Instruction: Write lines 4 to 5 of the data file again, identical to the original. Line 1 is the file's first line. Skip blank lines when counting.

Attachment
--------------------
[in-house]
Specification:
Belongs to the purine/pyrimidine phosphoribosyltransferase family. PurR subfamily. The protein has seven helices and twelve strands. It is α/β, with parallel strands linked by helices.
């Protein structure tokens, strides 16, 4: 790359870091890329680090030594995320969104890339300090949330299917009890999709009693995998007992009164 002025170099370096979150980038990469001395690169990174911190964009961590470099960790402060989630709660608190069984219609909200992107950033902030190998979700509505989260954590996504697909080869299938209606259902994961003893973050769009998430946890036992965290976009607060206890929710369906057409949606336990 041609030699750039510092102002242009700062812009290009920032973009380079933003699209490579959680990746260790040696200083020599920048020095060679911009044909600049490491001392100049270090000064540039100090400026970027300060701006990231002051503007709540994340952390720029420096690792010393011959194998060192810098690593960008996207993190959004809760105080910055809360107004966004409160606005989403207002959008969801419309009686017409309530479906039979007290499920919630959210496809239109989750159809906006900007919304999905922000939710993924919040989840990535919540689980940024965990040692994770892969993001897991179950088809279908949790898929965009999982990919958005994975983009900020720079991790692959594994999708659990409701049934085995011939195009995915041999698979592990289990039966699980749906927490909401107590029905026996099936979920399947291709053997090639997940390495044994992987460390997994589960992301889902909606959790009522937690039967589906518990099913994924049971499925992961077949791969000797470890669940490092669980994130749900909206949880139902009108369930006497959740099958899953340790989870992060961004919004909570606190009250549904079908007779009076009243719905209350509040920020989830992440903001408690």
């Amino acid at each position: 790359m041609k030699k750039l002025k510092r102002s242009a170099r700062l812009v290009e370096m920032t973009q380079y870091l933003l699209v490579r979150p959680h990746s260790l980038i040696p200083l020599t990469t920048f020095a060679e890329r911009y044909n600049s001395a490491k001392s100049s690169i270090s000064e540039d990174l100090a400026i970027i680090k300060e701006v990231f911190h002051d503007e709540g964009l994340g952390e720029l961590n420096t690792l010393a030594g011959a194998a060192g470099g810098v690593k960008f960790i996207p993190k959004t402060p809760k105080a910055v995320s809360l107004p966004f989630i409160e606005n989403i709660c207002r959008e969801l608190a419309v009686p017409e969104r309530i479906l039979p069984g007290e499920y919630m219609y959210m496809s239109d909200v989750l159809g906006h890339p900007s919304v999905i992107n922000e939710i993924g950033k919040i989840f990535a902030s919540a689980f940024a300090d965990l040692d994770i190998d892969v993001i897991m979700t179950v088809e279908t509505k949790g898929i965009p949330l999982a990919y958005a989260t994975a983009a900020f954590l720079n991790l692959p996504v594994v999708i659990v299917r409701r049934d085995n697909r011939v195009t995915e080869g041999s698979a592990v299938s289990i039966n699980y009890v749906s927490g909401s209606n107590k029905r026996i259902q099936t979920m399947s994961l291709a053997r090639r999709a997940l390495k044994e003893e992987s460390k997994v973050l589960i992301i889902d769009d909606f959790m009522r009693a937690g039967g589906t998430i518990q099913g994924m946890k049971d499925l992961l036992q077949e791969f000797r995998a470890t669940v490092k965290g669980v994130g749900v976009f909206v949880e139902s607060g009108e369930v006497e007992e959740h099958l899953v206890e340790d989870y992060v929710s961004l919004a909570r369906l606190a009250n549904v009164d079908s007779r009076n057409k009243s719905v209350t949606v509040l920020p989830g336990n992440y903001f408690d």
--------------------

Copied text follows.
């Protein structure tokens, strides 16, 4: 790359870091890329680090030594995320969104890339300090949330299917009890999709009693995998007992009164 002025170099370096979150980038990469001395690169990174911190964009961590470099960790402060989630709660608190069984219609909200992107950033902030190998979700509505989260954590996504697909080869299938209606259902994961003893973050769009998430946890036992965290976009607060206890929710369906057409949606336990 041609030699750039510092102002242009700062812009290009920032973009380079933003699209490579959680990746260790040696200083020599920048020095060679911009044909600049490491001392100049270090000064540039100090400026970027300060701006990231002051503007709540994340952390720029420096690792010393011959194998060192810098690593960008996207993190959004809760105080910055809360107004966004409160606005989403207002959008969801419309009686017409309530479906039979007290499920919630959210496809239109989750159809906006900007919304999905922000939710993924919040989840990535919540689980940024965990040692994770892969993001897991179950088809279908949790898929965009999982990919958005994975983009900020720079991790692959594994999708659990409701049934085995011939195009995915041999698979592990289990039966699980749906927490909401107590029905026996099936979920399947291709053997090639997940390495044994992987460390997994589960992301889902909606959790009522937690039967589906518990099913994924049971499925992961077949791969000797470890669940490092669980994130749900909206949880139902009108369930006497959740099958899953340790989870992060961004919004909570606190009250549904079908007779009076009243719905209350509040920020989830992440903001408690």
């Amino acid at each position: 790359m041609k030699k750039l002025k510092r102002s242009a170099r700062l812009v290009e370096m920032t973009q380079y870091l933003l699209v490579r979150p959680h990746s260790l980038i040696p200083l020599t990469t920048f020095a060679e890329r911009y044909n600049s001395a490491k001392s100049s690169i270090s000064e540039d990174l100090a400026i970027i680090k300060e701006v990231f911190h002051d503007e709540g964009l994340g952390e720029l961590n420096t690792l010393a030594g011959a194998a060192g470099g810098v690593k960008f960790i996207p993190k959004t402060p809760k105080a910055v995320s809360l107004p966004f989630i409160e606005n989403i709660c207002r959008e969801l608190a419309v009686p017409e969104r309530i479906l039979p069984g007290e499920y919630m219609y959210m496809s239109d909200v989750l159809g906006h890339p900007s919304v999905i992107n922000e939710i993924g950033k919040i989840f990535a902030s919540a689980f940024a300090d965990l040692d994770i190998d892969v993001i897991m979700t179950v088809e279908t509505k949790g898929i965009p949330l999982a990919y958005a989260t994975a983009a900020f954590l720079n991790l692959p996504v594994v999708i659990v299917r409701r049934d085995n697909r011939v195009t995915e080869g041999s698979a592990v299938s289990i039966n699980y009890v749906s927490g909401s209606n107590k029905r026996i259902q099936t979920m399947s994961l291709a053997r090639r999709a997940l390495k044994e003893e992987s460390k997994v973050l589960i992301i889902d769009d909606f959790m009522r009693a937690g039967g589906t998430i518990q099913g994924m946890k049971d499925l992961l036992q077949e791969f000797r995998a470890t669940v490092k965290g669980v994130g749900v976009f909206v949880e139902s607060g009108e369930v006497e007992e959740h099958l899953v206890e340790d989870y992060v929710s961004l919004a909570r369906l606190a009250n549904v009164d079908s007779r009076n057409k009243s719905v209350t949606v509040l920020p989830g336990n992440y903001f408690d």